5. Break-out rooms.

Maaike: We’ll move to break-out rooms, for 15 minutes. Everybody positioned themselves. Every one clarifies there position for 1 minute.

Participant A/Participant B/Participant C are into the pragmatic/dystopian block. Participant A takes on a dystopian view: You see the risks and want to regulate. On the other hand, what kind of regulations do you then need and is this not also a problem? Participant D is in the utopian/speculative camp: AI could be helpful as a tool to be employed into creative works. Participant E found it difficult to position themselves: There is the pragmatical problem of the deeply rooted racism of AI systems, but there can be other modes of critical/creative thinking that AI could enable (a criticality/creativity approach). Participant B agrees with Participant C: it’s naïve to think we get to get rid of AI, and we might better think of new ways of engaging with AI, but then again; who’s going to regulate this?

We are divided in utopian/dystopian camps. Participant A mentions that even if it can be used creatively in different places, it does not seem to be used. But Marco makes a case for medical imagery: A tumorous cancer cell can be found earlier by AI than by physicians. Participant E brings up contextualization: If it would be contained, AI, in  medical sessions, is it then still so harmful? Participant D is with Participant E: AI is not so detached and autonomous – but AI is really made by human beings; so strategical optimism also matters here.

Marco adds: There seems to be a focus in the group on the here and now, why? Participant F is a science-fiction writer, and is future-oriented.


6. Back in the general room

Sonja asks: Did any group have major disagreements? [Few responses.]

Mireia talks about how most people where comfortable in their own quarter.
Sonja: Was there any particular point that stood out?
Mireia: The ‘abolishment’ part in the fourth quarter was found to be quite controversial. Giulio shifted from 4 to 3; and asked “which are the developments that lead to AI, and who’s profiting?”
Participant G: We’d need to change that for Utopian use of AI. If that changes, than AI would still be developed, technology is not to be abolished, for it can help.
Sonja: We want to limit the harms, but not in doing so limit the potentials either.
Participant A says: Abolishment cannot be to get rid of AI all together, but we need to fundamentally rethink what it is now.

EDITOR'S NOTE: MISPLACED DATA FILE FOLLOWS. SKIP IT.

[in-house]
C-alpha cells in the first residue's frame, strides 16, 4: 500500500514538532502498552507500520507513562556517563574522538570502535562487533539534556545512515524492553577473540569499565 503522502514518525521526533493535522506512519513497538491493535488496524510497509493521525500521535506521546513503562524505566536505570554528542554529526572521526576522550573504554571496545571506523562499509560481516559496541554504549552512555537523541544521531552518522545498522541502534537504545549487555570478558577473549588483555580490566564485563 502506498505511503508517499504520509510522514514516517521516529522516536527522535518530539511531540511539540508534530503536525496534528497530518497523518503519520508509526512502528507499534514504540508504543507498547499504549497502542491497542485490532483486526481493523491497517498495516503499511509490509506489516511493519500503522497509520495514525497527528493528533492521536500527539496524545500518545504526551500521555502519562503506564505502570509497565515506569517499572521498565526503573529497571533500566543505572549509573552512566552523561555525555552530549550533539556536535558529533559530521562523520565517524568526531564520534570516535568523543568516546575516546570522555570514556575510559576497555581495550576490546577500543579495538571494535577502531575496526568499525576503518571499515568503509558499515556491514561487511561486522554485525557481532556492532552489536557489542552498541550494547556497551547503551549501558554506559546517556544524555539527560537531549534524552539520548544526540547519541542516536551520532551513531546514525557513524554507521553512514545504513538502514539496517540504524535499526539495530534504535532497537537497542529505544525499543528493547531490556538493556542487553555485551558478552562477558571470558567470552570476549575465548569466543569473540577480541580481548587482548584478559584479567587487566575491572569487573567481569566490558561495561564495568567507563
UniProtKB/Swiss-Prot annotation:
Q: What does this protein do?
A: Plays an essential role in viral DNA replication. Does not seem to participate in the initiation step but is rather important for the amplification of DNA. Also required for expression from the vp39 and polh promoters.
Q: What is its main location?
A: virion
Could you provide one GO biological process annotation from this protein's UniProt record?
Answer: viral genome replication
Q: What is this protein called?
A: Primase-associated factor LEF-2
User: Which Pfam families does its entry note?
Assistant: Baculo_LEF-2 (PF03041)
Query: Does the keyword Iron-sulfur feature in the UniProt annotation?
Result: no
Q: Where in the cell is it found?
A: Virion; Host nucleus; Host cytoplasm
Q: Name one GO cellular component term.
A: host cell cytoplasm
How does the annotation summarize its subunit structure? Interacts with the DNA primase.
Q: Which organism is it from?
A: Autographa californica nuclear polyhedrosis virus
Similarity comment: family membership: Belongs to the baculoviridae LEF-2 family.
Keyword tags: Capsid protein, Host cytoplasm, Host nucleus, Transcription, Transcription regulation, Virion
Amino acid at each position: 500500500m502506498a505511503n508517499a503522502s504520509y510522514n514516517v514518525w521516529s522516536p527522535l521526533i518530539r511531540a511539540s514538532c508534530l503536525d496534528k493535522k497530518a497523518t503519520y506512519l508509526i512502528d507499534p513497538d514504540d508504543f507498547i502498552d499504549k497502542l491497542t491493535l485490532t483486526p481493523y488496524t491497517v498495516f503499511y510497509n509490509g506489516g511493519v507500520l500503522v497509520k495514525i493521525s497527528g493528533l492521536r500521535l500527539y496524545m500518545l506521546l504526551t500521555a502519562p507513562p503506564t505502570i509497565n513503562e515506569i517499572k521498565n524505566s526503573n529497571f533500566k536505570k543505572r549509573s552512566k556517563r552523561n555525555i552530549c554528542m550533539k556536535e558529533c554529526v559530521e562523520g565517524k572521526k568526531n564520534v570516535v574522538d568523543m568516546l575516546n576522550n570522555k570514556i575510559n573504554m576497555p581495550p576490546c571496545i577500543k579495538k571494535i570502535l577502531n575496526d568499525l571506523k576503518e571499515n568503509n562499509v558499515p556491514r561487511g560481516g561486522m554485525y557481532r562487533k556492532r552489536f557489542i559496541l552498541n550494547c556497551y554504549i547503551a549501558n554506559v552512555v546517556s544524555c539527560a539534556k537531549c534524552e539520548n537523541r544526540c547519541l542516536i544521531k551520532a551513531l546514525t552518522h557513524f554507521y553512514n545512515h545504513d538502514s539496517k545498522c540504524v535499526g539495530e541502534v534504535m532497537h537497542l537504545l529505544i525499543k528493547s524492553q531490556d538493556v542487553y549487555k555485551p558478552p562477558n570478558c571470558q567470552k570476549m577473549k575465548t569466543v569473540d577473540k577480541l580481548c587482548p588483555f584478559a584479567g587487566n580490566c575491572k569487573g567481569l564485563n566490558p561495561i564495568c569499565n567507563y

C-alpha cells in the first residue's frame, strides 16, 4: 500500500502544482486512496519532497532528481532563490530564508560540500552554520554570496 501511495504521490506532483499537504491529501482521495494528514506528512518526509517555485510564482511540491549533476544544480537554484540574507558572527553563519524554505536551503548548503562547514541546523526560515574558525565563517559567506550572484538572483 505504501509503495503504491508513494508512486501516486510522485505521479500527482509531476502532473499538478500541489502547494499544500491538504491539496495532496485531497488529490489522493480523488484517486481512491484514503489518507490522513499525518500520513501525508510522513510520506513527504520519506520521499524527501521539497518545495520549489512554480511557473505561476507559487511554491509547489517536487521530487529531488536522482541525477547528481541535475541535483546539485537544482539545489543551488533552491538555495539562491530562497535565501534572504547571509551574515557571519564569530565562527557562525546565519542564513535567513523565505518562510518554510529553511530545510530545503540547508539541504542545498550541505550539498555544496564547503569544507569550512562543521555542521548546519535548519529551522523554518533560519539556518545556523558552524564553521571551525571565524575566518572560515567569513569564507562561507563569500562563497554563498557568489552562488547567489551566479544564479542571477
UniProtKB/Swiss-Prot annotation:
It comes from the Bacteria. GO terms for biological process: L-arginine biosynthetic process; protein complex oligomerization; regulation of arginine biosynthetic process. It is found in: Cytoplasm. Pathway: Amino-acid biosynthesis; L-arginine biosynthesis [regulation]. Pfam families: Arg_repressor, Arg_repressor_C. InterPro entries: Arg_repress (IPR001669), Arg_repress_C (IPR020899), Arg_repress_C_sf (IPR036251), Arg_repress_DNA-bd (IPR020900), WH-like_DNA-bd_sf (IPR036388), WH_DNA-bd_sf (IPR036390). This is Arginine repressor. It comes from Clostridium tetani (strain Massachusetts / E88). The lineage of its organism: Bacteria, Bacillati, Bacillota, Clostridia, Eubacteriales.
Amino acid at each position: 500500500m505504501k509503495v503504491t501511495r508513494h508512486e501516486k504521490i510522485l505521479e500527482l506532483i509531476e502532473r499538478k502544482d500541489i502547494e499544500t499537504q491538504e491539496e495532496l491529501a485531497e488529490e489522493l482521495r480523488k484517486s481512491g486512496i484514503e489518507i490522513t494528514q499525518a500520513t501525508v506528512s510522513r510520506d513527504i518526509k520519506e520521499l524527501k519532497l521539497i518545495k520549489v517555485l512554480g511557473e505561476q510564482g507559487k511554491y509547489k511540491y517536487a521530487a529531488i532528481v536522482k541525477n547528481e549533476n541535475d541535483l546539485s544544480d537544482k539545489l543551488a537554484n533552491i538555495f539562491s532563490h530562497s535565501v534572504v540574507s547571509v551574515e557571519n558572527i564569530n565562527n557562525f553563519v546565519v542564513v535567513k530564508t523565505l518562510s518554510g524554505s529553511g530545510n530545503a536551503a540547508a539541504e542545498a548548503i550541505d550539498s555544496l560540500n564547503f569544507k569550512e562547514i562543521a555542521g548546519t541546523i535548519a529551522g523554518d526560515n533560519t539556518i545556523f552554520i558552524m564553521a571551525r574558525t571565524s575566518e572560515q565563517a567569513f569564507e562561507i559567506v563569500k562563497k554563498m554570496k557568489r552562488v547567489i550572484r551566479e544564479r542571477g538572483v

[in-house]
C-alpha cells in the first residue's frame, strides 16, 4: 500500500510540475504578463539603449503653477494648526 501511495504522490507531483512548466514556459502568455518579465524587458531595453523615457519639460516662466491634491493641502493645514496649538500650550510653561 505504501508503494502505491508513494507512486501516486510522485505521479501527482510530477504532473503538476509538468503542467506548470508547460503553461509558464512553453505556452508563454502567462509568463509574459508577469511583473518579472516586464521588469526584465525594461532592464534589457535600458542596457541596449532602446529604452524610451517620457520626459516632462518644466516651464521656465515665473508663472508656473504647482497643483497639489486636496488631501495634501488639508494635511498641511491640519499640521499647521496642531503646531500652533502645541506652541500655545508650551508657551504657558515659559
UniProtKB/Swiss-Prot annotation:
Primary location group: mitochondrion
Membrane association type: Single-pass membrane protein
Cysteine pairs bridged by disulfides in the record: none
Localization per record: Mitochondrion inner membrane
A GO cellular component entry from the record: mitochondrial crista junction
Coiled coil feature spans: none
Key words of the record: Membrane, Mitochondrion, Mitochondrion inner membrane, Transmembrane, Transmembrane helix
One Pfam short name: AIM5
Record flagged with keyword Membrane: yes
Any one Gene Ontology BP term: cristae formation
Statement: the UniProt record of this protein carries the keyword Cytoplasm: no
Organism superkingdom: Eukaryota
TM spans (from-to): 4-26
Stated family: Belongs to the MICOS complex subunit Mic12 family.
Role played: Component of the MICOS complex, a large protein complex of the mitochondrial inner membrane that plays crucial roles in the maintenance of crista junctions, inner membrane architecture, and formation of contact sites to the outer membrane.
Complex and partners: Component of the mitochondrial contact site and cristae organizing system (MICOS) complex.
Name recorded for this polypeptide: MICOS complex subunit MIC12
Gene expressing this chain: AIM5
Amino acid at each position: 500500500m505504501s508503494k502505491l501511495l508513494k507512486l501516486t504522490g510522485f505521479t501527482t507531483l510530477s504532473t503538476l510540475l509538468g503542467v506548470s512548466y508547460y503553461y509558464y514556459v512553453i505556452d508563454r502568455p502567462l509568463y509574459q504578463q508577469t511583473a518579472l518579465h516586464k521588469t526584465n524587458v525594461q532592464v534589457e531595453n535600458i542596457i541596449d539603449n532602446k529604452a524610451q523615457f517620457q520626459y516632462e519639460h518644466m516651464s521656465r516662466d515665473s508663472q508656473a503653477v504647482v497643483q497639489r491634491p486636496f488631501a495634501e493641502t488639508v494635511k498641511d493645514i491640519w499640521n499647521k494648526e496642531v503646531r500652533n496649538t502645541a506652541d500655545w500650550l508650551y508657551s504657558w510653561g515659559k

Participant D: our positions are based on our speculations, and the human-part in AI’s is not only a problem – also a potential: it means things can be changed, and that there are possibilities.

Sonja talks about her break-out group, clustered around quarter 3. They talked about intervention in a political-economical level. Participant G talks about decision-making about to what ends AI should and should not be used; and these are not only ethical questions, but also very much political questions. What would be the utopia of AI? Once perfected, AI would be superior to every other human. How do we think about that?

Participant H moved towards quarter 3, and explains why.


7. Sonja takes over again

Now that we have heard about how their positions are productive, let’s look at the example-cases on the Miro board for how these different approaches to regulating/constructing AI would be relevant for specific cases. The idea is that the conversations we had in the first round, can now be applied to a more specific question that raises practical concerns. Adaptation! Does this change approaches, do opinion shift, or do we stay with the same ideas? We’ll discuss this in the breakout rooms.


8. Break-out rooms

We read the case (on Tesla “Smart Summon” functionality).

Participant E asks critically: Why does this function even exist, is this not just merely to show off?
Participant F: quite a lot of technological developments have been made ‘just because they could be made’. Is it an ego-thing to be able to sustain the energy required for breakthrough innovation for a very long time? The motivation of the workers is not on the part of ‘the future of humanity’.
Participant E : Tesla stands for the imaginary of a particular kind of human (Elon Musk style).
Participant Fasks: Why are we still in the habit of delegating responsibility to Musk-like individuality?
Marco talks about how AI is usually individual-focused rather than responding to sociality as a web/network.

Participant A: Musk is science-fiction dystopia. What are the imaginaries going in when somebody’s making this? Data feminism matters here, and how could this ever go hand-in-hand with a company owned by a billionaire?

Participant F: responding to Tesla polemically also makes your own approach more seen/famous. The boat is rocking back and forth.


9. Wrap-up by Sonja

Marco, Mireia, could you summarize of the discussions?
Mireia: There was a huge consensus. Participant G and Participant I invited us to think of potential utopian cases where emotional recognition could be a positive thing? It could be used as an accessibility tool, but why should tech be the solution there? Though their was some utopian speculation, the pragmatic stance hailed, and we should first think about who needs what before we champion technology.


Session Closed.